Home Health and Wellness Giving Grace and Gratitude

Giving Grace and Gratitude

Dr. Bianes - Pyxis winner
Dr. Bianes

Between the two of them, Beverly Bianes, OD, and Janelle Davison, OD, have 50 years of practice experience. They each also have two children and have run a private practice. The two Women In Optometry board members say each aspect of their life has had a positive impact on the way they not only give empathy to and treat patients but also serve as a reminder to give themselves a break.


Dr. Davison

Dr. Davison’s two teenagers “take up a lot of my time,” she says. “I am definitely more than a doctor—I’m a mom first.” Whether she’s dropping them off at school or picking them up from one of their numerous extracurricular activities, Dr. Davison says being in mom mode has often reminded her to give herself grace.

“That’s the thing about being a woman: it can be a lot,” Dr. Davison says. “I have my own practice, I’m married and two teenagers. Unless you remind yourself that someone else is going through it, too, you might get overwhelmed.”

Dr. Bianes agrees. Even with two grown children of her own—her daughter and son-in-law are practicing ODs—she still often goes into mom mode and stresses the importance of “getting out there.”

“When my daughter and son-in-law graduated in 2020, it was a scary time,” Dr. Bianes says. “There was no in-person support for them during or after graduation. I told them about how important it is to find a group connection or a mentor in the industry—not just their mom or mother-in-law—and what those connections can do for you.”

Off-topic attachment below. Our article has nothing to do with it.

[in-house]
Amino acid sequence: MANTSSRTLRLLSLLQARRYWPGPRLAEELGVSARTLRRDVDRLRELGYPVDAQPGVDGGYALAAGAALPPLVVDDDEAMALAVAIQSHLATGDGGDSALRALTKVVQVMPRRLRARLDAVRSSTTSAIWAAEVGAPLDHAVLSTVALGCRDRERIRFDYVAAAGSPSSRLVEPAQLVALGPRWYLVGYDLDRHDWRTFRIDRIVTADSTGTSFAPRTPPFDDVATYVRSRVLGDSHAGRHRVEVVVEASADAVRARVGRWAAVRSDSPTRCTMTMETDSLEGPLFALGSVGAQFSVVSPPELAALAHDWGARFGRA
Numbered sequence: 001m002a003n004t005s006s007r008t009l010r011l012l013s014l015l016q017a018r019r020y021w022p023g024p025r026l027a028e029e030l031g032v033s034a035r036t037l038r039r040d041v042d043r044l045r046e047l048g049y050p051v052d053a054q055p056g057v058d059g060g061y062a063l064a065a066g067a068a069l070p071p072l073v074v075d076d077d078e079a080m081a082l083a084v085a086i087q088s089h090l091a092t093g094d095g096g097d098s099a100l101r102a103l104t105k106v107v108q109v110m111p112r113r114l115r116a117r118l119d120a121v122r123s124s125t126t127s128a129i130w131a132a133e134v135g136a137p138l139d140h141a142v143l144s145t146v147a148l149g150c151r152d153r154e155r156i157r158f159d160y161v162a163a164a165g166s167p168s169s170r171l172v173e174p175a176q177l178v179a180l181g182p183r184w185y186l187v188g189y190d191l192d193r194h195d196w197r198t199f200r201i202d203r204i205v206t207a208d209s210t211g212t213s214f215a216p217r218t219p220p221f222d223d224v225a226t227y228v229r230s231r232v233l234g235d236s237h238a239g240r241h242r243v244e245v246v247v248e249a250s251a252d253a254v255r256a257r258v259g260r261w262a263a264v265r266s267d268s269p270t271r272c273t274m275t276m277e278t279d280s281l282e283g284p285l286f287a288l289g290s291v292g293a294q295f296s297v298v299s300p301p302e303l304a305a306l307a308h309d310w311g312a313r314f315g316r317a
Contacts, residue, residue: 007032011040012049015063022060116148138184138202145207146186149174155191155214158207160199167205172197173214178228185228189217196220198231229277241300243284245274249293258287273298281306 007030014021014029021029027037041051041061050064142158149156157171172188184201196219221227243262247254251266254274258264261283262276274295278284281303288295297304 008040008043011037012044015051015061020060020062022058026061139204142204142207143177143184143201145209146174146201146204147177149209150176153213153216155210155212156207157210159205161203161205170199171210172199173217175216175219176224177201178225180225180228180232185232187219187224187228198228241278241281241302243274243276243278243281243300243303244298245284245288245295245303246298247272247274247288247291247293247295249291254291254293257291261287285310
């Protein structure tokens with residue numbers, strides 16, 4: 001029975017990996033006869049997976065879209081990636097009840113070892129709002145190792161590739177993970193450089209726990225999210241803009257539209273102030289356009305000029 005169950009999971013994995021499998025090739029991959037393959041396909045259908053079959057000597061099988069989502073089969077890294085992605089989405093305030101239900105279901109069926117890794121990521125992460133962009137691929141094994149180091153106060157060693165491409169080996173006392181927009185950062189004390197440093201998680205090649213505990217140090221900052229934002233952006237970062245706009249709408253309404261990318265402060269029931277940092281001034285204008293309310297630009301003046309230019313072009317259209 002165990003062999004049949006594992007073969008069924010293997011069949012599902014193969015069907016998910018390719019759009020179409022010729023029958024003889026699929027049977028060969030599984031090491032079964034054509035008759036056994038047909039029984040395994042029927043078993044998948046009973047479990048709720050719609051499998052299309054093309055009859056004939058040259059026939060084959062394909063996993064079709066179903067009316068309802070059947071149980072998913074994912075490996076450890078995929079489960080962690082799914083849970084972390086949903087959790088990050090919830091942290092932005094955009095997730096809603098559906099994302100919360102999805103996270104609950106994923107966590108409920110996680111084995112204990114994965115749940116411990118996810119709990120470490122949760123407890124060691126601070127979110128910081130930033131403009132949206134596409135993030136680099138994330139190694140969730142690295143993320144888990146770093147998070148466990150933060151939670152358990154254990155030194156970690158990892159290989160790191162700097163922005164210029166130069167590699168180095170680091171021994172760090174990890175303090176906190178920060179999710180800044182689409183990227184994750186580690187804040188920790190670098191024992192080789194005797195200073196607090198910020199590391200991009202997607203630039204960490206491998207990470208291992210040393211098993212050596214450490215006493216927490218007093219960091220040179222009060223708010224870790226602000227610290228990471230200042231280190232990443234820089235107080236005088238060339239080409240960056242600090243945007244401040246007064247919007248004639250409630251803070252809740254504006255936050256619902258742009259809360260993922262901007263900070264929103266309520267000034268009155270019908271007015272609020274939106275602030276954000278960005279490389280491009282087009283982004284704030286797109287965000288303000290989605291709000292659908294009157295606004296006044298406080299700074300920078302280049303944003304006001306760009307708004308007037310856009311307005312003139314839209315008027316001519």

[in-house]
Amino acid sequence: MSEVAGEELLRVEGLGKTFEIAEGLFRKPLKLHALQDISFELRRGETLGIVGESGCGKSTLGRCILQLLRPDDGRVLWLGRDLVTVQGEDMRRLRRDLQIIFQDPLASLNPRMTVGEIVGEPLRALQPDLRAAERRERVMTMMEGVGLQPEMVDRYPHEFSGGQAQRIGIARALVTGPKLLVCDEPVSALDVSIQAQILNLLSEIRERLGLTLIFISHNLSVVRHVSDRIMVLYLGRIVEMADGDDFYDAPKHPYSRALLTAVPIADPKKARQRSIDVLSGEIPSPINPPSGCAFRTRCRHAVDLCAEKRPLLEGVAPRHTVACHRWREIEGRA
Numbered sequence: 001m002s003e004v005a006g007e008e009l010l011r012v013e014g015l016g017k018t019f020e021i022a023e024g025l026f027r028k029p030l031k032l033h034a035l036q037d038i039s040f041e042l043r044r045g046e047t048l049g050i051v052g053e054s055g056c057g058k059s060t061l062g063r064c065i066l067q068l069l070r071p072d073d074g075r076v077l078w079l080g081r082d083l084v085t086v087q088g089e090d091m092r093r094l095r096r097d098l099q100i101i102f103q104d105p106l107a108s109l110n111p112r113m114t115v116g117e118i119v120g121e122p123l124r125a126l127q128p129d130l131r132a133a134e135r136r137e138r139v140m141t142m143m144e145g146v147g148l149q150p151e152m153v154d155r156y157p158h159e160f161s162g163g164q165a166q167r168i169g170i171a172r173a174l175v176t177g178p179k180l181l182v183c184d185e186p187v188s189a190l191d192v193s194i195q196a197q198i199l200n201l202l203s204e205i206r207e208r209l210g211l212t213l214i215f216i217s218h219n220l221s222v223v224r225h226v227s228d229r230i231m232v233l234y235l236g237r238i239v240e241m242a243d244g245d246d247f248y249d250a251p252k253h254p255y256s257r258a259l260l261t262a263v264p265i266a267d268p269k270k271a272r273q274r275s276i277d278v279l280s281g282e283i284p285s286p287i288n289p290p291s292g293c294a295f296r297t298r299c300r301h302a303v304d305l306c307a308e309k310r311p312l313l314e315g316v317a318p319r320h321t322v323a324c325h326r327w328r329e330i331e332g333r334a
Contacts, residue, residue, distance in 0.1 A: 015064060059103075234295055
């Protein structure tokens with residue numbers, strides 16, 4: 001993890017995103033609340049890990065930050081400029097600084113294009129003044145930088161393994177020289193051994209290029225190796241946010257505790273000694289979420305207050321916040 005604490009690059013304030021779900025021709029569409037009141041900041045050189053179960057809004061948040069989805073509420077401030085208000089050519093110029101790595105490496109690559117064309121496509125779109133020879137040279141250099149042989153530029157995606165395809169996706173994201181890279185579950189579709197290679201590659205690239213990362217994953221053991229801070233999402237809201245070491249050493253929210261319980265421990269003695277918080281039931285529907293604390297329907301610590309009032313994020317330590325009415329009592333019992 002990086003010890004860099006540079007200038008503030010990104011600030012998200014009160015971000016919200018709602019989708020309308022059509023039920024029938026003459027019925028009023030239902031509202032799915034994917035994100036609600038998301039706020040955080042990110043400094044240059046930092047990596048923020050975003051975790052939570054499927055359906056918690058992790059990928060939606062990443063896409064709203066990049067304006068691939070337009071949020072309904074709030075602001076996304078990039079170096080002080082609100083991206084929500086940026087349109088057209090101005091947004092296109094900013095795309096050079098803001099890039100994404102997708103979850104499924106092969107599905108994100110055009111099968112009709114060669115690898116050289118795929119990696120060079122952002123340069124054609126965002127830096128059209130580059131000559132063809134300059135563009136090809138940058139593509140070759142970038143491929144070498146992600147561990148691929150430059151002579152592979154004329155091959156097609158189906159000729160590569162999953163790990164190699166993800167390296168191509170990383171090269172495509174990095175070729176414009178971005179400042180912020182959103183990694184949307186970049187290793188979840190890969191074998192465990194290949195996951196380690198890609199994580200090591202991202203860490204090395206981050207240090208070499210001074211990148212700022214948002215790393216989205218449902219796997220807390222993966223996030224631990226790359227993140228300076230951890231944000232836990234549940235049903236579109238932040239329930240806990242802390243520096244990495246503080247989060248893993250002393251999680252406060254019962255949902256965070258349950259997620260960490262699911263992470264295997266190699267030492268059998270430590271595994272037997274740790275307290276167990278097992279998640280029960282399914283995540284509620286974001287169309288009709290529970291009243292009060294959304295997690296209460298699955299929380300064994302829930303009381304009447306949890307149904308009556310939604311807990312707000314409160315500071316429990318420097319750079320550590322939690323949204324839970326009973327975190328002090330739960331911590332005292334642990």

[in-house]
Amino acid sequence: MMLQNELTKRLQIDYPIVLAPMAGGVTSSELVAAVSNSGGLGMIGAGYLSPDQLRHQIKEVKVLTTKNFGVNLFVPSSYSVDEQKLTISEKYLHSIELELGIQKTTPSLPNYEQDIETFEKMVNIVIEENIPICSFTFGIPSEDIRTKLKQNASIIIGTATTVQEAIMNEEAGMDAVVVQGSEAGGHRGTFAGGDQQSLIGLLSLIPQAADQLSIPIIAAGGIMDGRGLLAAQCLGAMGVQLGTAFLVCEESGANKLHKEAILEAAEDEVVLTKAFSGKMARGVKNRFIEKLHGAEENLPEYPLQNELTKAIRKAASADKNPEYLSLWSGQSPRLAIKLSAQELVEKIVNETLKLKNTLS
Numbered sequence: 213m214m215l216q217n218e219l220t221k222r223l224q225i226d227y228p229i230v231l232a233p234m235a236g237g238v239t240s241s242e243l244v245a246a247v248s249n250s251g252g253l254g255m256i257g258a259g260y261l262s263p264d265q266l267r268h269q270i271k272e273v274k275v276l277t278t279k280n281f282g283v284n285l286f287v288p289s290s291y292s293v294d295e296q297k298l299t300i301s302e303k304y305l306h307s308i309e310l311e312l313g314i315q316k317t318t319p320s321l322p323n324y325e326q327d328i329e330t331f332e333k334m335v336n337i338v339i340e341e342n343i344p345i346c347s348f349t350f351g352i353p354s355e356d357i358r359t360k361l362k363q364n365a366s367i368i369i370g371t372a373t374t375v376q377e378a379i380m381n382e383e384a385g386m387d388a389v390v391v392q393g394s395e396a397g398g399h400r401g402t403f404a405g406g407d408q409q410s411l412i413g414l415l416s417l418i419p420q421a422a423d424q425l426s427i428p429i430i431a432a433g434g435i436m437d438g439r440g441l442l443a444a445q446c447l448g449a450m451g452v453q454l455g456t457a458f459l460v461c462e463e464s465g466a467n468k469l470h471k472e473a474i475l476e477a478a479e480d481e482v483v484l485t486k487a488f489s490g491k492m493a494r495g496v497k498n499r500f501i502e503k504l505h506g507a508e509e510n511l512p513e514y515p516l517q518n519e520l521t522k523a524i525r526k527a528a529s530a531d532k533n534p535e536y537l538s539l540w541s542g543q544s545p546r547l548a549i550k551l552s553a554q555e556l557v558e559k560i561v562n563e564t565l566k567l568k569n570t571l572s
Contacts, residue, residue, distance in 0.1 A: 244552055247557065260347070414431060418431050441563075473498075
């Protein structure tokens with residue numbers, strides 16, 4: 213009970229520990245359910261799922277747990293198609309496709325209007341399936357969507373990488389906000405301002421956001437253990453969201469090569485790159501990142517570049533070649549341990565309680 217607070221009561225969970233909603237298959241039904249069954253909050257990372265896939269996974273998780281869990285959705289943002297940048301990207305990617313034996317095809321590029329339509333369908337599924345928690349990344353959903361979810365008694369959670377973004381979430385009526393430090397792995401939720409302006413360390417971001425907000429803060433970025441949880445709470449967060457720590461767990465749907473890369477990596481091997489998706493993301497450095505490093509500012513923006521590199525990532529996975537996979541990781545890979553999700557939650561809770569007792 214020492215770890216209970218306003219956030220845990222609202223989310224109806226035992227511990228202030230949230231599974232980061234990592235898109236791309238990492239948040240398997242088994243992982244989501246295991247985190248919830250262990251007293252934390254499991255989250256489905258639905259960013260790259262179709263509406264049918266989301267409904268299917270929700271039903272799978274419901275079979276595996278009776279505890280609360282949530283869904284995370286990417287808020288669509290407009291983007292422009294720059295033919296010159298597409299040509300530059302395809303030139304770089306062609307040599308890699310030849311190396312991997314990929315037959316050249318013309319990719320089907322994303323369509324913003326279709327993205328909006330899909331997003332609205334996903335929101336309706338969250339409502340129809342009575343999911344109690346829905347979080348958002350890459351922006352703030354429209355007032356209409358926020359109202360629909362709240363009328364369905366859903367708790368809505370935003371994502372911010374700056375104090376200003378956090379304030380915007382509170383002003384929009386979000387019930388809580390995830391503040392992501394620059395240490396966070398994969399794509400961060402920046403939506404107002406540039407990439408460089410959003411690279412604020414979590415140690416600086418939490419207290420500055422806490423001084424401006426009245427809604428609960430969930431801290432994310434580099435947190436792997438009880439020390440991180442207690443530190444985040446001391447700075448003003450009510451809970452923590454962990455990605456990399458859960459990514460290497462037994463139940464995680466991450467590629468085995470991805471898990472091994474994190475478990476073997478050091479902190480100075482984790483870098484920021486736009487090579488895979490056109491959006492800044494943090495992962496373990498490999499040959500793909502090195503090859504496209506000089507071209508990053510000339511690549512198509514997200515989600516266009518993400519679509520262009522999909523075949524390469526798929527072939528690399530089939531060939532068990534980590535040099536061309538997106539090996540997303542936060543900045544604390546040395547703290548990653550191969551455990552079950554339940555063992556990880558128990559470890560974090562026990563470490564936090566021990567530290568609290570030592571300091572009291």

Dr. Davison and her family.

The gentle self-reminder to treat yourself with kindness may not only make you a more mellow mom, the two doctors say, but it can help when you’re in the exam lane, too.

Dr. Davison says, “For some, I’m that leader in optometry. So I think it’s important to say that it’s okay to read stories about women having a life outside of one aspect of what she is. It’s okay to have a real-talk conversation.” Those conversations can occur with friends or with patients about their nutrition and daily habits, Dr. Davison says, and they can help form a long-lasting patient-doctor relationship.

Dr. Bianes and her family.

Dr. Bianes hopes that the lessons she has learned can help her daughter, Alyssa Pack, OD. “It’s been so great to see her get involved in the industry, going to leadership conferences and seeing how she interacts with patients. She is so patient and loves her patients. It’s a great reminder of why we do what we do,” Dr. Bianes says.

Dr. Davison says it’s those ties that make it all worth it. She encourages those in optometry to “find someone to reach out to –a friend, a young or seasoned OD or other people that want to help you succeed. They are out there,” she says, in all aspects of life.


To read more health and wellness stories from WO, click here.

Both Dr. Bianes and Dr. Davison are completing their two-year terms as WO board members in 2024. To learn more about them and other board members, click here.

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